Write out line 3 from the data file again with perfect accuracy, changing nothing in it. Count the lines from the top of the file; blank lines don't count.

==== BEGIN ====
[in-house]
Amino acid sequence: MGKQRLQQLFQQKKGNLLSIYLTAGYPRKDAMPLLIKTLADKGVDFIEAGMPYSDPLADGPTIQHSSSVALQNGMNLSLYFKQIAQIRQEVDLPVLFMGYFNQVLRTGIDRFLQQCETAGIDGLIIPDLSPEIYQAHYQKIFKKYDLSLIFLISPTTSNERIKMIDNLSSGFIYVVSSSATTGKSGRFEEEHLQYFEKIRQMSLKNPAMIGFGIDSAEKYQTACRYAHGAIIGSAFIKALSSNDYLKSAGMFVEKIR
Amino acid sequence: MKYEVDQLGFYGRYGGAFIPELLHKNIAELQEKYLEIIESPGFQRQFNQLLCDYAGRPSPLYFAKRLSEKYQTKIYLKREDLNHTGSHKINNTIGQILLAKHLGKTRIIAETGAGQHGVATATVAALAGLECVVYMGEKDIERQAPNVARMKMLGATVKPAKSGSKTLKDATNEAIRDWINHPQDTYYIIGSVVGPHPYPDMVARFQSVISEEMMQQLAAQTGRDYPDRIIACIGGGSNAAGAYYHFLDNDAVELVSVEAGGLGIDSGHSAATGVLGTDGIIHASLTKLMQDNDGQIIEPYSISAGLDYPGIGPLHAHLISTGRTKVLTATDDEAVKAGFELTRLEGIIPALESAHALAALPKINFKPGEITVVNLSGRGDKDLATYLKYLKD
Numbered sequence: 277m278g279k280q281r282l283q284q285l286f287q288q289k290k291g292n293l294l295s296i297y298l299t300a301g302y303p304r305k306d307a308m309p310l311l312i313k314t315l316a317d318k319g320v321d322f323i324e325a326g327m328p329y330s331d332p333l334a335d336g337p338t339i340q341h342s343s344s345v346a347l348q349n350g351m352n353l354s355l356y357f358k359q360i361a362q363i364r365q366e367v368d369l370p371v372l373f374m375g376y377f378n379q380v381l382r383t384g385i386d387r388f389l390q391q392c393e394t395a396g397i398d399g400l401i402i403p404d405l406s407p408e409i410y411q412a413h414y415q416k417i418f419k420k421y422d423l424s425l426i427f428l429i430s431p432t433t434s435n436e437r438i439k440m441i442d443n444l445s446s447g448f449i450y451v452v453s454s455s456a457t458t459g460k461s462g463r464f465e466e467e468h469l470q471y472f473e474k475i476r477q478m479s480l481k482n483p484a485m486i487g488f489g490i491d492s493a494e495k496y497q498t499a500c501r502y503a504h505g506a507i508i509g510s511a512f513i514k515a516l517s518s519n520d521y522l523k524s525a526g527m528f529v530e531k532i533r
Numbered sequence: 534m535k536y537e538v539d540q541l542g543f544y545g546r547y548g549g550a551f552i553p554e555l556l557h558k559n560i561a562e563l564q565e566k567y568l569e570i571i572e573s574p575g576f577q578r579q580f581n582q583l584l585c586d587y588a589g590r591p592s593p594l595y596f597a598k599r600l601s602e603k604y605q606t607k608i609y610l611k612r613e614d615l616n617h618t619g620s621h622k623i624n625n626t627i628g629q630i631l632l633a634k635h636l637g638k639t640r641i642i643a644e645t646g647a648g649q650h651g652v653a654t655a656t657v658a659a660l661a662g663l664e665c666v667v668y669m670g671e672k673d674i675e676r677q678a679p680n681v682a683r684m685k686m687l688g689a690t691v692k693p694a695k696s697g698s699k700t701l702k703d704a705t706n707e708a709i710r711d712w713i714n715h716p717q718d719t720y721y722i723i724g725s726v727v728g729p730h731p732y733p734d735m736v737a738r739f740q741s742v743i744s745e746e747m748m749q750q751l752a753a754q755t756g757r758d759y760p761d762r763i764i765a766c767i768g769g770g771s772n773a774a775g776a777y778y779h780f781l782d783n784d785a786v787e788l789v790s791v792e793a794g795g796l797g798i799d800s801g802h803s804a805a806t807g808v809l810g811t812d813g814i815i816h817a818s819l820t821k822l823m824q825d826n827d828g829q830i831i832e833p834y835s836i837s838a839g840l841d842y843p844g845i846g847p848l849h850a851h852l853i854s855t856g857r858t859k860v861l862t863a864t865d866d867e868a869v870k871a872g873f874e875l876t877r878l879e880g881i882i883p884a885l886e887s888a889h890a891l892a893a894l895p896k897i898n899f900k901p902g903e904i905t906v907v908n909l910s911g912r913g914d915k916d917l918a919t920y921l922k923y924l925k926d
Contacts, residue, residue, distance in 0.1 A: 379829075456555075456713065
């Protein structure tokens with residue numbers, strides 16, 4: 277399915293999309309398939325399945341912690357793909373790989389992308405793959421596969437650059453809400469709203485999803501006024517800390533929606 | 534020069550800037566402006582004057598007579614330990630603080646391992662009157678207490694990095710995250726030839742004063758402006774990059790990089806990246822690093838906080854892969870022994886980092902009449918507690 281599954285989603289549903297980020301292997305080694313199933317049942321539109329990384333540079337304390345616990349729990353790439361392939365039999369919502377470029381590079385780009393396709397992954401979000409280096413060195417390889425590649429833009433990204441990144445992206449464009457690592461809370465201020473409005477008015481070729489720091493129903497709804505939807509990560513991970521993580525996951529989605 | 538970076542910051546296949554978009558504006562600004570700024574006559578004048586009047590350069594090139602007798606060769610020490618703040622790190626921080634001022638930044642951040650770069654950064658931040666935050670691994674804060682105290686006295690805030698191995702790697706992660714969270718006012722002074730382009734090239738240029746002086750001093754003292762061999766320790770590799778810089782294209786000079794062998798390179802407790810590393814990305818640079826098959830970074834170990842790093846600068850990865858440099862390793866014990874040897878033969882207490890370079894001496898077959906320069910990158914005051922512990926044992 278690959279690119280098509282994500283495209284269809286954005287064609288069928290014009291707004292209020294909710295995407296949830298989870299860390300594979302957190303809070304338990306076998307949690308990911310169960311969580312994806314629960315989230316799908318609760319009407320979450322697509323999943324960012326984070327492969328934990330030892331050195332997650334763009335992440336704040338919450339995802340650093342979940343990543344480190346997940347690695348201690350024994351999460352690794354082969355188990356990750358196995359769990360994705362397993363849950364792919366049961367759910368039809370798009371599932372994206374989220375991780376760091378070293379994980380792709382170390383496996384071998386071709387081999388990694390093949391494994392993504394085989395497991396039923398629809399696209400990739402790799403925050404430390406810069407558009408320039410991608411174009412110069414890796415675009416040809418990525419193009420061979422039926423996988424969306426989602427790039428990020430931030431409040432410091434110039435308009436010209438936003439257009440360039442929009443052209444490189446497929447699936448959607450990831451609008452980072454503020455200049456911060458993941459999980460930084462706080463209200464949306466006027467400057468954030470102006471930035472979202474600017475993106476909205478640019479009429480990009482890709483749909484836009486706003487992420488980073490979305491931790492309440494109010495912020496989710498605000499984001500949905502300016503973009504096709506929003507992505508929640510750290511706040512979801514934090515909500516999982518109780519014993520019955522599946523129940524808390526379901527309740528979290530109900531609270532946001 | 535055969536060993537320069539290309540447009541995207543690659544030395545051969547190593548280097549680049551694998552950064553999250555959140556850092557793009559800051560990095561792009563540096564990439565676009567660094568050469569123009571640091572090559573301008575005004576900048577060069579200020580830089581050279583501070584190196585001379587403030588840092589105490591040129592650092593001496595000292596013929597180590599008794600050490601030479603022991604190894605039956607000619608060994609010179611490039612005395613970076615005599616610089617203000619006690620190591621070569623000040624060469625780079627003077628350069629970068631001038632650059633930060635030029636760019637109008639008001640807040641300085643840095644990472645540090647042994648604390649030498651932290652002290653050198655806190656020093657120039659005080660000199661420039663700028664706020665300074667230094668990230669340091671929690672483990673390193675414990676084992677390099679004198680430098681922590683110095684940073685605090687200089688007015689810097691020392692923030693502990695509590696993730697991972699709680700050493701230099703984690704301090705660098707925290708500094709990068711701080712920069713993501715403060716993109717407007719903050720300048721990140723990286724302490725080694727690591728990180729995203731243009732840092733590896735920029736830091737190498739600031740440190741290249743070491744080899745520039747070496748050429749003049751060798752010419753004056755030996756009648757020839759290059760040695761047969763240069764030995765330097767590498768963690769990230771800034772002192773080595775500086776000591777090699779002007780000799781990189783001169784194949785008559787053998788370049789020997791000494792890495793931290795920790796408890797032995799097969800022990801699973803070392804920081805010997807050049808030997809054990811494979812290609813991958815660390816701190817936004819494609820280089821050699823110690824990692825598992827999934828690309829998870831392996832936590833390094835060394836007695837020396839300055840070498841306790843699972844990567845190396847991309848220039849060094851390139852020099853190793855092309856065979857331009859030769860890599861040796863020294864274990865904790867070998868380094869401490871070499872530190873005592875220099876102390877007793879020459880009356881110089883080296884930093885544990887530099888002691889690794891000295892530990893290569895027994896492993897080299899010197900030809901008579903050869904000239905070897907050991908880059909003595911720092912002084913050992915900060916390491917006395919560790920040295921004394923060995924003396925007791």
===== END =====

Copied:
Amino acid sequence: MKYEVDQLGFYGRYGGAFIPELLHKNIAELQEKYLEIIESPGFQRQFNQLLCDYAGRPSPLYFAKRLSEKYQTKIYLKREDLNHTGSHKINNTIGQILLAKHLGKTRIIAETGAGQHGVATATVAALAGLECVVYMGEKDIERQAPNVARMKMLGATVKPAKSGSKTLKDATNEAIRDWINHPQDTYYIIGSVVGPHPYPDMVARFQSVISEEMMQQLAAQTGRDYPDRIIACIGGGSNAAGAYYHFLDNDAVELVSVEAGGLGIDSGHSAATGVLGTDGIIHASLTKLMQDNDGQIIEPYSISAGLDYPGIGPLHAHLISTGRTKVLTATDDEAVKAGFELTRLEGIIPALESAHALAALPKINFKPGEITVVNLSGRGDKDLATYLKYLKD